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Shaivism - Concepts and symbols - Elements - earth, water, fire, and air [from Onbadukadir] and Aggregates



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The Manimekhalai – Book 27

The Onbadukadir, the ancient Tamil work which summarizes the teachings of Gosala, deals with five subjects, which are life and the four elements, Earth, Water, Fire, and Air, which are made up of indivisible atoms. When they gather, these are perceptible; when they separate, they are invisible. It is agglomerates of these atoms that form a mountain, a tree, a living body. When they disaggregate, the atoms that make them up disperse. That which perceives these phenomena is called life . . atoms are permanent, have no beginning, and are indestructible. They take on various appearances, depending on the circumstances, no new type of atom appears or is transformed into something else. Atoms are indivisible and do not evolve. They combine into conglomerations, to separate in the end, each keeping its own identity.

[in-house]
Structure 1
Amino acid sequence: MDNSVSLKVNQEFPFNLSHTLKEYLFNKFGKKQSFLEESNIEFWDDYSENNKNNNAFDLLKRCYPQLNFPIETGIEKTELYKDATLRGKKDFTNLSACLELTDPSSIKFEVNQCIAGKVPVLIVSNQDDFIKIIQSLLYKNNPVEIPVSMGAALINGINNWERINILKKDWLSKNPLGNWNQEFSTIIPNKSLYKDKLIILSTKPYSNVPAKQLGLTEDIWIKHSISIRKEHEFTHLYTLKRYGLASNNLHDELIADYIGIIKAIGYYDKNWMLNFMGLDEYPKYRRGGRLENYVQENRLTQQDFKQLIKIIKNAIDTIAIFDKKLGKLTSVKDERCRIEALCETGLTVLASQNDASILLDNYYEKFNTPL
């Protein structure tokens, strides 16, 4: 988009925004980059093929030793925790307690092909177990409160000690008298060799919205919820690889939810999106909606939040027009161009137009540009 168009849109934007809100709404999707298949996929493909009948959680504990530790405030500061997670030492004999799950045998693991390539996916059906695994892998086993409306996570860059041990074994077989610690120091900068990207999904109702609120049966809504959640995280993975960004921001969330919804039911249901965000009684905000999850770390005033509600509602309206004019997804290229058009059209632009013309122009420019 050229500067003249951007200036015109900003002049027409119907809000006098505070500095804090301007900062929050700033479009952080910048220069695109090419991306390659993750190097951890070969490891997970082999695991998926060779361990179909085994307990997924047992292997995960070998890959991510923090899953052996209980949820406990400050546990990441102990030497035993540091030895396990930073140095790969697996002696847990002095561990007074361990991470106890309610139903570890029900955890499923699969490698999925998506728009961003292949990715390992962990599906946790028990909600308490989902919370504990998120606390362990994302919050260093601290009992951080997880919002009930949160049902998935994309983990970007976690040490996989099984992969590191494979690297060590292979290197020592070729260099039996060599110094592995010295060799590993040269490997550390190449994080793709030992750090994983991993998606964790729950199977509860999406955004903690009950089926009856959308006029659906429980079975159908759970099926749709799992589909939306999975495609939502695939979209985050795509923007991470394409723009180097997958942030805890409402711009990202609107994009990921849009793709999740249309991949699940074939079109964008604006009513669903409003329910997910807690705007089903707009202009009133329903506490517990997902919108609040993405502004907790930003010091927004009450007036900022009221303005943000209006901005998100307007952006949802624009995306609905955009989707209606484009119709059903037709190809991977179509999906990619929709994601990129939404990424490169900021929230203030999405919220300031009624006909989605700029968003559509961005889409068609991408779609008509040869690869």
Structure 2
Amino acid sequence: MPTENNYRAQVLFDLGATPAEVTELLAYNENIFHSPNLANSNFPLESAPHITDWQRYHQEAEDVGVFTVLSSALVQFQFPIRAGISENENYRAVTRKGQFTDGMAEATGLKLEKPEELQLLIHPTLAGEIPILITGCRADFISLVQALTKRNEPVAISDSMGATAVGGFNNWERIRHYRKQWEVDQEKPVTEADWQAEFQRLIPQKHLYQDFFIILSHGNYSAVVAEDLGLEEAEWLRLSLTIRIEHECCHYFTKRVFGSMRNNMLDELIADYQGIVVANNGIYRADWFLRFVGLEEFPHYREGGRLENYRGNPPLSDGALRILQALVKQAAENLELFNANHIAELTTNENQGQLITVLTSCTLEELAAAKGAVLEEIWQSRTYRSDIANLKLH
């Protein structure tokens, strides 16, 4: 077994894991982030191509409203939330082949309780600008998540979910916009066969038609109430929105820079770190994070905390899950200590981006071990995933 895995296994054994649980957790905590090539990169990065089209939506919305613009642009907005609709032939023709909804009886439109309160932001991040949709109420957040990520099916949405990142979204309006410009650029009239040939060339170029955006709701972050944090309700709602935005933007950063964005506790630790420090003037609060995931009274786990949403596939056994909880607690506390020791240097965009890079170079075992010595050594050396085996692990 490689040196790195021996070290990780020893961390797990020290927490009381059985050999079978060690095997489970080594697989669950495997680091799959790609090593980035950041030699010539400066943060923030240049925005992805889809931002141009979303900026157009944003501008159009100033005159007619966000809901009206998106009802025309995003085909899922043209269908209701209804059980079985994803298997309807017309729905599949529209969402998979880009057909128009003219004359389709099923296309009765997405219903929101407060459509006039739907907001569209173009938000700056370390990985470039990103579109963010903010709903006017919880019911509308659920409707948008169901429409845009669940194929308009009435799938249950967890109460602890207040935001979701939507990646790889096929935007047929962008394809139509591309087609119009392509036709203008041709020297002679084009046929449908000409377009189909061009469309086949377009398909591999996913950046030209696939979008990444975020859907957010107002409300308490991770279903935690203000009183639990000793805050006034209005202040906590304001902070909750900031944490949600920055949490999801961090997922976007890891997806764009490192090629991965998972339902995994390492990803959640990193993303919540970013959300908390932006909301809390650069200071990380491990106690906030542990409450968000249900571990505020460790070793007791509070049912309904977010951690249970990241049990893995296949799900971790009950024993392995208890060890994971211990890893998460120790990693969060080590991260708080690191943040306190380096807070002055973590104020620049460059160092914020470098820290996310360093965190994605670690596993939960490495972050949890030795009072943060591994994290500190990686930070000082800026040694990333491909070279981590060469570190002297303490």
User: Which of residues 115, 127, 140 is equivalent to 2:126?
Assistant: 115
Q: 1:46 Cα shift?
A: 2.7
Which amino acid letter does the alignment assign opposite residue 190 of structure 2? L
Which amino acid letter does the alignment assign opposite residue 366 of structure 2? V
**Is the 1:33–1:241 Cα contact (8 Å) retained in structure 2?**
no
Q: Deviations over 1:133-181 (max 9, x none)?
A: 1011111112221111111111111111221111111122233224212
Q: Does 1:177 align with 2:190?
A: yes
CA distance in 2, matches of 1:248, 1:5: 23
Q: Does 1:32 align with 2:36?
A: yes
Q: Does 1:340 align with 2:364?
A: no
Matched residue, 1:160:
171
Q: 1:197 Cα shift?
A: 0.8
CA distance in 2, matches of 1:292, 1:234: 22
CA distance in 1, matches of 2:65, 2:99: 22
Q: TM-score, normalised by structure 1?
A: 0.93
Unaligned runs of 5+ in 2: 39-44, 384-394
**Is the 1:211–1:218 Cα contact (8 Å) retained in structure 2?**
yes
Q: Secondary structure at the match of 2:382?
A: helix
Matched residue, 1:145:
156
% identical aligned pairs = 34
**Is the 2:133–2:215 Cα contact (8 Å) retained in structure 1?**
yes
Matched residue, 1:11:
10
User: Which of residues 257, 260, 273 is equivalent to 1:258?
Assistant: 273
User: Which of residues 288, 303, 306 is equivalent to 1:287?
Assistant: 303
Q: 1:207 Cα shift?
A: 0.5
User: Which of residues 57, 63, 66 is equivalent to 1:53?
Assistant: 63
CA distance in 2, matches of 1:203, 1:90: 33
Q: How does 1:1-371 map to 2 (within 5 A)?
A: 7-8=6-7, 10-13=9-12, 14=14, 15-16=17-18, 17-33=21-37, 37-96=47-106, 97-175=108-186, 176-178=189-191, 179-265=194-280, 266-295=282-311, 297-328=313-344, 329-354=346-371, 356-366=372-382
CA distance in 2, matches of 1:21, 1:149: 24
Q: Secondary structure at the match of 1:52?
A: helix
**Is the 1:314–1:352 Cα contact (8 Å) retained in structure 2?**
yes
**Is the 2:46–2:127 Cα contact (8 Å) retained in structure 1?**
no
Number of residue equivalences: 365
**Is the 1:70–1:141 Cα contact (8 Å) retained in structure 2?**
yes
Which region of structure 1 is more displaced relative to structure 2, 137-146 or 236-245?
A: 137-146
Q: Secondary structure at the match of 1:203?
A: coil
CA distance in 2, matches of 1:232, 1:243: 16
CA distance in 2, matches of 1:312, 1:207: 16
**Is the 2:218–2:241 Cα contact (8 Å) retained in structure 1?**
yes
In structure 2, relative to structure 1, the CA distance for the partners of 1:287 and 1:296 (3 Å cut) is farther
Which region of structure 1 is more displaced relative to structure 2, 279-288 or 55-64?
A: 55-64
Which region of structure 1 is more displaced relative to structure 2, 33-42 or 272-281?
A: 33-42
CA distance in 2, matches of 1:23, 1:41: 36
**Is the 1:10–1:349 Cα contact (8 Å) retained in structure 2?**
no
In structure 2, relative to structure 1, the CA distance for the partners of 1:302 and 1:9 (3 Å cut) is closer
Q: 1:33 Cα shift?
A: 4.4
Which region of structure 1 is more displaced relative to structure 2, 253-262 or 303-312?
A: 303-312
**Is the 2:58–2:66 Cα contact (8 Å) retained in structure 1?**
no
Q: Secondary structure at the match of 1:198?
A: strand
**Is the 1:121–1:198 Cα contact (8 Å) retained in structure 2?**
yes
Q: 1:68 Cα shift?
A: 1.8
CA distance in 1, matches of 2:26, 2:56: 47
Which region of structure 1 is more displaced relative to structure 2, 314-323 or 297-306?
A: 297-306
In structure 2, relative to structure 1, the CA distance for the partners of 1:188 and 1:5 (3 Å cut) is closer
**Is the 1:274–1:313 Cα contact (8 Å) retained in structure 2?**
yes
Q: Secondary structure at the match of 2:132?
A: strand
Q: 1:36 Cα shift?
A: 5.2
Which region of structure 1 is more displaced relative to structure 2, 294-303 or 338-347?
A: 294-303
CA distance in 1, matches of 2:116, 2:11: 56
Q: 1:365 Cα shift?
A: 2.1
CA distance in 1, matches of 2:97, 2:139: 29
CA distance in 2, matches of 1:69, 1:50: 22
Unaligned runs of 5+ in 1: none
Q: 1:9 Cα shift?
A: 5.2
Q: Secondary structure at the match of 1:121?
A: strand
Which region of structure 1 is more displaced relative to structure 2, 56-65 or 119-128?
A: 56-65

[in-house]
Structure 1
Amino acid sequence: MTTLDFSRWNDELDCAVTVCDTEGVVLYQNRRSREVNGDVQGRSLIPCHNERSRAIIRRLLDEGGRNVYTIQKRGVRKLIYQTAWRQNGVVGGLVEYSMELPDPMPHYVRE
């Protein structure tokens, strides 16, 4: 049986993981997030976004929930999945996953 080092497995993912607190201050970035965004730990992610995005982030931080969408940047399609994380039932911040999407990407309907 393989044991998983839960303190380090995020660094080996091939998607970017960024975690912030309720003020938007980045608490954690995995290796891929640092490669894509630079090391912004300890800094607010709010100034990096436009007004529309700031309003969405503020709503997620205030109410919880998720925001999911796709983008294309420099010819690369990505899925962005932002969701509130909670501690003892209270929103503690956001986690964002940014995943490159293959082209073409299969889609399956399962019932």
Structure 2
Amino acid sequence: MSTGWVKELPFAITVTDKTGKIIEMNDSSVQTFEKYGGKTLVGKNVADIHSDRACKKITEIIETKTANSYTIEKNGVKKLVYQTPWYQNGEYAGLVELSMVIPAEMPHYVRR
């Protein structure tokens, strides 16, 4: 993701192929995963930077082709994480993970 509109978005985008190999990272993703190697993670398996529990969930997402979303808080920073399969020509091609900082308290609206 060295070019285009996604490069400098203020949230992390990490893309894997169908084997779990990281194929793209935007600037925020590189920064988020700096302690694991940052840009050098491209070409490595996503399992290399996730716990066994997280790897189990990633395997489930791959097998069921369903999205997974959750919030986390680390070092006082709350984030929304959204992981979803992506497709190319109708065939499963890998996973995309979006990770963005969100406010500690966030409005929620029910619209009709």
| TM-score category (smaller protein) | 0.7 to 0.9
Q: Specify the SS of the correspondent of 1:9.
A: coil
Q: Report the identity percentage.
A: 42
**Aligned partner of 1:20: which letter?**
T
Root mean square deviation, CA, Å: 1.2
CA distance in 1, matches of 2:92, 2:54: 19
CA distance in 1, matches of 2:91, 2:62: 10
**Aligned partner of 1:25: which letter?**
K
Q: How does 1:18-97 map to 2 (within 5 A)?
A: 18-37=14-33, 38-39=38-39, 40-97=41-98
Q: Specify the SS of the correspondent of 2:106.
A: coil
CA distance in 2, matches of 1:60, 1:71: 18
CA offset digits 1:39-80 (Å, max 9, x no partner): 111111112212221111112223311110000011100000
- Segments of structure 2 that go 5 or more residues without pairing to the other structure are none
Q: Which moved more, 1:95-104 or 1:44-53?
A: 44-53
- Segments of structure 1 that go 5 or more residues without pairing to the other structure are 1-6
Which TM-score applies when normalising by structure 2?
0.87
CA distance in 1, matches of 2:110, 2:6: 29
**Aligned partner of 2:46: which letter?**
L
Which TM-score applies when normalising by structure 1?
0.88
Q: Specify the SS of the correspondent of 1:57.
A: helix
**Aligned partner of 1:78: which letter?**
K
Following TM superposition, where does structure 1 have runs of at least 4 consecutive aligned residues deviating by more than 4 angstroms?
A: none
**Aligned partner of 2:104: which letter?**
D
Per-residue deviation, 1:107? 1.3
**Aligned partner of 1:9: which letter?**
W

They can assemble in such density that they become hard as diamonds, or take the light form of bamboo. When they spread over the earth, like moonlight, they take the form of different elements according to their relative density. They are therefore called by different names. They form the seed of the shoot which develops. They form the solid earth, the fluid water, the fire that burns, or the moving air. An atom can be seen only by those who possess the higher eye of knowledge. Others cannot see it. When combined to form the elements (bhuta), they can be seen. In the same way, a single hair cannot be distinguished in the shadow of twilight, but a lock of hair is easily seen.

The combinations of atoms can be black, dark blue, green, red, gold, or white [rainbow symbolism]. These are the six forms that the combinations of atoms take, in order of superiority. Only combinations of pure white atoms can break up and attain freedom (vidu = mukti). This represents the path of destiny. Those who wish to achieve the end of suffering must reach this stage . . such is the teaching of Markali (Gosala). (Manimekhalai', book 27).

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